By HARVEY SILVERGLATE | December 27, 2022 at 4:08 a.m.
A major cause of the financial angst plaguing middle class families these days is the stratospheric level to which college tuitions have risen. Those at the top of the economic pyramid have no problem sending their kids to college, and those at the bottom often can take advantage of substantial scholarship aid made available by colleges, government agencies, or charitable organizations.
But the average middle class family cannot simply fork-over as much as $80,000 for a single year at an elite private college, and the cost of going to a public college, while lower, is still painful. This does not even consider the differences in tuition costs and fees between states (Massachusetts’s average yearly tuition cost for private institutions is among the highest in the US) as well as the massive gap in costs for in-state students and out-of-state students.
What is rarely recognized – except by those who are close observers of the academic scene – is that these exorbitant costs could be slashed by probably more than half if a single reform were enacted. What is needed in order to make college affordable again is to fire perhaps 90% of college administrators.
Administrative bloat affects, and infects, every college. According to an extensive collection of data put together by the Foundation for Individual Rights and Expression, Harvard had a three to one ratio of administrators to instructional faculty in 2020. Harvard alone spent over $45,000 in administrative costs per student that year. With over 27,500 enrolled undergraduate and graduate students in 2020, that adds up to over one billion solely in administrative costs. Re-balancing our campuses would have beneficial effects well beyond economics. It would also massively reduce the number of student disciplinary cases that plague our college students who walk on eggshells for four years, lest they violate – frequently unknowingly – some subjective campus rule prohibiting speech that would be fully protected off-campus. Whereas “hate speech” is protected by the First Amendment in the greater society, on a non-public college campus, the First Amendment simply does not apply. Hence, it is a violation for a student to say something to a fellow student that some bureaucrat deems “demeaning” or “hateful.”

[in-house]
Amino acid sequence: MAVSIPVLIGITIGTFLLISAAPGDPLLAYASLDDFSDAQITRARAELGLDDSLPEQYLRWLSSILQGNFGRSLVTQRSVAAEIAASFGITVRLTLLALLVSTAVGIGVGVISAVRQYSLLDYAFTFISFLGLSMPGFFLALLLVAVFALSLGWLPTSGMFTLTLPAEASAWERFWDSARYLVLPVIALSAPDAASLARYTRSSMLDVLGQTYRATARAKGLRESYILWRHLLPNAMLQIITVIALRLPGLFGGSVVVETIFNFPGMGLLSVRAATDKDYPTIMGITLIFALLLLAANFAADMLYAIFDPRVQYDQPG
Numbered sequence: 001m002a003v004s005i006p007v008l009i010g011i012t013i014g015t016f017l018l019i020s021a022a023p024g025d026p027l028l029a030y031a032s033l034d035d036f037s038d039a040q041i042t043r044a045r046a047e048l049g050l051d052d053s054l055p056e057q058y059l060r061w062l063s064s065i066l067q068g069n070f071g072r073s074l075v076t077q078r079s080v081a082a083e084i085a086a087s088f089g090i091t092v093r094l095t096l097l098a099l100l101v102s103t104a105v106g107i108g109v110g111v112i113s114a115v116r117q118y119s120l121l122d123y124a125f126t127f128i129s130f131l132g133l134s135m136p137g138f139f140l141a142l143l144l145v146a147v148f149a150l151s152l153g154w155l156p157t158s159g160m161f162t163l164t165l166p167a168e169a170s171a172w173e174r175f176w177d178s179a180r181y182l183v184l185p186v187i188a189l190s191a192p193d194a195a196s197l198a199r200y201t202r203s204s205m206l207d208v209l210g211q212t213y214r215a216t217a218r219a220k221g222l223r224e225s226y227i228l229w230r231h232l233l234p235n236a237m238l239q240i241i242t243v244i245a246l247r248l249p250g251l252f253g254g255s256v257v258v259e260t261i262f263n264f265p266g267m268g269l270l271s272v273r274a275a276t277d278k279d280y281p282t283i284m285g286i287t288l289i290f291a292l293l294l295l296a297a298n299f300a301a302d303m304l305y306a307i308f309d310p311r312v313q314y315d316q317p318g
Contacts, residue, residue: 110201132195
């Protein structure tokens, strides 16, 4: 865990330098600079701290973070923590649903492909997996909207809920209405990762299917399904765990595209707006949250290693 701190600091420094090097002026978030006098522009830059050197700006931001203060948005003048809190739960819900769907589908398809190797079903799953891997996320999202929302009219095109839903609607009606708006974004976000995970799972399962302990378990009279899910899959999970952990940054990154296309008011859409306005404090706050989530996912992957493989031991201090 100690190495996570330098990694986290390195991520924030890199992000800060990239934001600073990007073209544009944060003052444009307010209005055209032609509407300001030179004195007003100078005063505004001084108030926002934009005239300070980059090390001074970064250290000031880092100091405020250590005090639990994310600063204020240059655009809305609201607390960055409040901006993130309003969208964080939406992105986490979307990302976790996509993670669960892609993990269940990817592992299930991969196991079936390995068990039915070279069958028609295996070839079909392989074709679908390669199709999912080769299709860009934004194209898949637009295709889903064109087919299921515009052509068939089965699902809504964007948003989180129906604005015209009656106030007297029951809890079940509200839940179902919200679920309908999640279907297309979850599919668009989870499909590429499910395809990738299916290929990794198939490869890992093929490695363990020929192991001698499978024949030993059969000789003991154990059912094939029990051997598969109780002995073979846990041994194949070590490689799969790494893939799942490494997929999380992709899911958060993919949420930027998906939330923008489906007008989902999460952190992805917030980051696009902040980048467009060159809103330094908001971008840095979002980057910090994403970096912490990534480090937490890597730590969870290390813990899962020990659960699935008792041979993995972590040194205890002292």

The enforcement of these campus speech codes has yet another deleterious consequence. It deprives speech of one of its most important functions: The ability of two or more people to inform one another of the nature of their relationships. It is useful, after all, for any of us to know who loves us, who likes us, who loathes and hates us, and who is indifferent. Such knowledge allows one to proceed day-to-day with a realistic notion of those whom to trust, and those on whom one should not turn one’s back.
What all of this demonstrates is that those who run our institutions of higher education must undertake a massive and difficult-to-accomplish reform. They must dismiss the vast majority of college administrators and return our institutions of higher education to more affordable vehicles for teaching and learning. This is obviously a task to be performed by college governing boards. Students and their parents are without power to fire anyone. Faculty members’ authority is limited to teaching and grading, and occasionally weighing-in on such issues as tenure.
Furthermore, in light of the coincidence that so many college presidents are this year and next leaving their positions (Harvard, MIT, Columbia, Tufts, Dartmouth, Mount Holyoke, Amherst, and the University of Massachusetts at Amherst), this is a propitious time for new beginnings. (However, since the newly-named Harvard President, Claudine Gay, happens to be an administrator, any effort at reform on that campus will be an uphill slog.)
It was this single consideration, more than any other, that caused me to announce on Oct. 30 that I would stand for election to Harvard’s Board of Overseers, a powerful governing body that is elected by all living alumni. It is, or at least should be, the duty of all academic governing boards to restore our colleges and universities to what they should be: Affordable institutions that promote teaching, learning and scholarship unfettered by speech restrictions.
Harvey Silverglate is a Cambridge-based criminal defense and civil liberties lawyer and writer. The research and editing work of his research assistant, Emily Nayyer, is acknowledged.